“Man, I think I would even prefer the doomed fires from hell. At least, I wouldn’t look so damn pale.”
As soon as those words were out of her mouth, some invisible force gripped her from behind, pulling her away from the waiting area and causing the people and rooms to swish by in a blur of white, blue and purple.
It was like being pulled by the sea tide into the deep end. Maybe all it took was for the deceased to say where he or she wanted to spend his or her eternity for the transition to take place.
No, no, no. I was kidding. I don’t want to go to hell, although I probably deserve it for switching Amanda’s low-fat milk for whole milk this whole time and watching her gain pound after pound. But she totally deserved it!
She was still praying silently for a second chance when the world stopped spinning and she found herself standing on an unfamiliar sidewalk. The red brick house with the white door and white window shutters was not one she’d seen before. Certainly not her home, if this was some sort of goodbye ritual before she crossed over.
Her long caramel brown hair billowed behind her. Apparently, it could still move as the late night air blew through the naked branches of the trees lining the rest of the street.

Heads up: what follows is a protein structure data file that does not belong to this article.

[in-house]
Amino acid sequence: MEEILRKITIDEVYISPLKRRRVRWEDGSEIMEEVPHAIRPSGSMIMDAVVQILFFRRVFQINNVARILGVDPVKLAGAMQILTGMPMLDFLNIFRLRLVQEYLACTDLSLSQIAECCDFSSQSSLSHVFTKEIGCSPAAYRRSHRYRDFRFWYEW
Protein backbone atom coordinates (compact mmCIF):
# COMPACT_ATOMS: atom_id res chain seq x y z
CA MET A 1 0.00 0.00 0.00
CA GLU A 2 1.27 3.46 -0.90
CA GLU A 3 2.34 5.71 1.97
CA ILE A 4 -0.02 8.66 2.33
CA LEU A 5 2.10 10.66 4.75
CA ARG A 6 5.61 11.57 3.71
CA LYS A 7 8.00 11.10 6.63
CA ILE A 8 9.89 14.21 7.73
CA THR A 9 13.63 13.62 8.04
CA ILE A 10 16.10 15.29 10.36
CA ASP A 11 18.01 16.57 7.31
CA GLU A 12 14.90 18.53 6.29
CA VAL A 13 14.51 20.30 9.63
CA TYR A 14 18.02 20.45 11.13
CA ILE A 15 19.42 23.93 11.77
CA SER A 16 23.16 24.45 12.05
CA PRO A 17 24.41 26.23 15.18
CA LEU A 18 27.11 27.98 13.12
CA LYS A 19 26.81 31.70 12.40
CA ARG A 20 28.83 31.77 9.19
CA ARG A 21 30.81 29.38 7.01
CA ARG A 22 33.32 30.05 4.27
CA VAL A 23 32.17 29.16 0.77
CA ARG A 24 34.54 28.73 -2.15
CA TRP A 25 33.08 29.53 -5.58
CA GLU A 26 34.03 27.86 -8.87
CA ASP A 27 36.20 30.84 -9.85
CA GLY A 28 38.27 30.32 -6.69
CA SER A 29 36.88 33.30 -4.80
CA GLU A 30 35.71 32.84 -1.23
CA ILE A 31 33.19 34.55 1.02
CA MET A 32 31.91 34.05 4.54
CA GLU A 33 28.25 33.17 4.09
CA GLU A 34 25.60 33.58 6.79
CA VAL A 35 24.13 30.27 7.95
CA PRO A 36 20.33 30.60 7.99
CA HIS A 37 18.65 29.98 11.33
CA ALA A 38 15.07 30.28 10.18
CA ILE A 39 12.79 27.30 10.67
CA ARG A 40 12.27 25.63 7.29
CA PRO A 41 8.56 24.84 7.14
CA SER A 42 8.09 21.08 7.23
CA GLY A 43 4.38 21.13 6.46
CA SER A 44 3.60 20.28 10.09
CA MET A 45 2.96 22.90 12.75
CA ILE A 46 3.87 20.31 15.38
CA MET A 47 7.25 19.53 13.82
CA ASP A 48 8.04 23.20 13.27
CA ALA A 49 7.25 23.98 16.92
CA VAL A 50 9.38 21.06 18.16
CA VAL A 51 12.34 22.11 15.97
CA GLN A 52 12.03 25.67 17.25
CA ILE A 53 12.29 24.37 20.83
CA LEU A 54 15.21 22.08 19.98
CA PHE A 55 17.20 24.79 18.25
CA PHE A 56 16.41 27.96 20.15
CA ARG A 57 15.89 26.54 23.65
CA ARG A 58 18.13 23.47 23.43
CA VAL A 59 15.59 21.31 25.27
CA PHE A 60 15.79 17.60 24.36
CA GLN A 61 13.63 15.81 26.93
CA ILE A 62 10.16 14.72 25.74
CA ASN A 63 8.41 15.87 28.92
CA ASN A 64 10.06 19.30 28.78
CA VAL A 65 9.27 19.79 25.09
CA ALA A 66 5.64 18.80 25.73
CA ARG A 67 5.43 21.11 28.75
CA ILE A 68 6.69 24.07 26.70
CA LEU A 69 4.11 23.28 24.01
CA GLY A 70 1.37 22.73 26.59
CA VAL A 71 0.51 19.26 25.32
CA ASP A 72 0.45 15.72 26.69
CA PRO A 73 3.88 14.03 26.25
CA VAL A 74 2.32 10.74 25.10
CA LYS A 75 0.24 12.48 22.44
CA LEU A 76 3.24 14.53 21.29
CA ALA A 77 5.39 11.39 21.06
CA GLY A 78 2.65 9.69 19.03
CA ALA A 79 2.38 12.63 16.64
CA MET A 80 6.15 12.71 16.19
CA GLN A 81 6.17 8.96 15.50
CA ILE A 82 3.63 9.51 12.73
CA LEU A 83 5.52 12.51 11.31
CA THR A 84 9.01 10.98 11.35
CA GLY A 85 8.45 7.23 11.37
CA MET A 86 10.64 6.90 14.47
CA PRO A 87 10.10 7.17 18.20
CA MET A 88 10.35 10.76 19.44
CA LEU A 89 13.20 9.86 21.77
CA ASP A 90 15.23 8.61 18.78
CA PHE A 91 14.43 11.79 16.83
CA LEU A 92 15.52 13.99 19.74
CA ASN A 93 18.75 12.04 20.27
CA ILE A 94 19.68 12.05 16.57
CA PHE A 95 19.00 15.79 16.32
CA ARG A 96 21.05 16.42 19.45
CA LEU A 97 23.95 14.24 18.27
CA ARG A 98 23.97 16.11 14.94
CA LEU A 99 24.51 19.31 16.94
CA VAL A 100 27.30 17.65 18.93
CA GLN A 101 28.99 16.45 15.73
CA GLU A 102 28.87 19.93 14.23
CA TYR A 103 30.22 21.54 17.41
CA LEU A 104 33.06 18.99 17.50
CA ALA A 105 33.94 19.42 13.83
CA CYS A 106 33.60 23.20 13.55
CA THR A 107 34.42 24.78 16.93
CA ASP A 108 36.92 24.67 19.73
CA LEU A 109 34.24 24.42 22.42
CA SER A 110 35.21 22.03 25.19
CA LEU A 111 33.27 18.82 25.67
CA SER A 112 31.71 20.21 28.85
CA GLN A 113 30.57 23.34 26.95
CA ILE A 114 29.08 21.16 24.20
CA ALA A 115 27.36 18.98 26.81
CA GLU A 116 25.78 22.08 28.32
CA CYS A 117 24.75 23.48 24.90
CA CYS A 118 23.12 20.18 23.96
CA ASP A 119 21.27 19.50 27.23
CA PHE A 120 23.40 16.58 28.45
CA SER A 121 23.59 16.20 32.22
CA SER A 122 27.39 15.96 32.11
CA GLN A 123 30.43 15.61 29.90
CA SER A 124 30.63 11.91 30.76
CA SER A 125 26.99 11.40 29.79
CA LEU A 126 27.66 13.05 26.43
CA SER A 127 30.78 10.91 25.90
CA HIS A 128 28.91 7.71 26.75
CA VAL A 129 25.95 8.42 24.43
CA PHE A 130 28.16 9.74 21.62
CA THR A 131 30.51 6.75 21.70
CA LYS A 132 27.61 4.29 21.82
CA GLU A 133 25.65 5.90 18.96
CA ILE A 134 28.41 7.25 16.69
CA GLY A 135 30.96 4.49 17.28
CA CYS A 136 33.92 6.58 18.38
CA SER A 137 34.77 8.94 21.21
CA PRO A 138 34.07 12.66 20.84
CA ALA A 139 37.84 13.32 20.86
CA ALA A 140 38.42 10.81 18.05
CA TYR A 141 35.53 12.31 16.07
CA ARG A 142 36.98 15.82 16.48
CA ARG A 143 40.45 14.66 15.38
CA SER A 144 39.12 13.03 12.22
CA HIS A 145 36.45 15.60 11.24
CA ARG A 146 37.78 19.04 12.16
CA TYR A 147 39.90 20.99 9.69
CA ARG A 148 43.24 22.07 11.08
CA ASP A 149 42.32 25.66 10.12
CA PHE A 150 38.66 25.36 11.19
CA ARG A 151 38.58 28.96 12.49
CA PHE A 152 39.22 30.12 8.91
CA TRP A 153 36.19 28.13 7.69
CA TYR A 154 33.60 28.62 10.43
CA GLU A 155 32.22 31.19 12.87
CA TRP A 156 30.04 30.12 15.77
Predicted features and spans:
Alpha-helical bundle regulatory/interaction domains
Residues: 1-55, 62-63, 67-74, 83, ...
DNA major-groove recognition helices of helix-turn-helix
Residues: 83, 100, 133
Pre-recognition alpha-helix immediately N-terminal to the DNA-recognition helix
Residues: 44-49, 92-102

“Unless I am meant to haunt this particular house, I still don’t understand why I’m here.” Emilia said aloud to whatever mysterious force had brought her here. The wind blew stronger now and she could hear the air whisper in her ears the words, go to the window.
The house was higher than the sidewalk so there were several steps lined by dark-iron railings on each side. There were two big windows overlooking the street where she’d been standing. The one to her left was totally black while the window to her right glowed with light coming from the inside. Go to the window didn’t exactly answer her question or make sense, but figuring nothing more could wrong now, she complied.
“It sure beats being stranded back at the hospital surrounded by the smell of antiseptic and those robes.”
Ignoring the way her hand trespassed the solid consistency of the black iron railing, Emilia took one step at a time until she could see into the small dining room and the two people currently deep in conversation. Her firm stance staggered backwards as she noticed the lack of a reflection on the window.
“Of course you have no reflection you moron, you’re dead remember?”
This time she was sure the words she heard were coming from the inside. Something about it made her want to turn back and just get the hell away. Oddly enough, she was glad she didn’t have to hide under the windowsill or anything. For whatever reason, she needed to listen to these two strangers’ private conversation.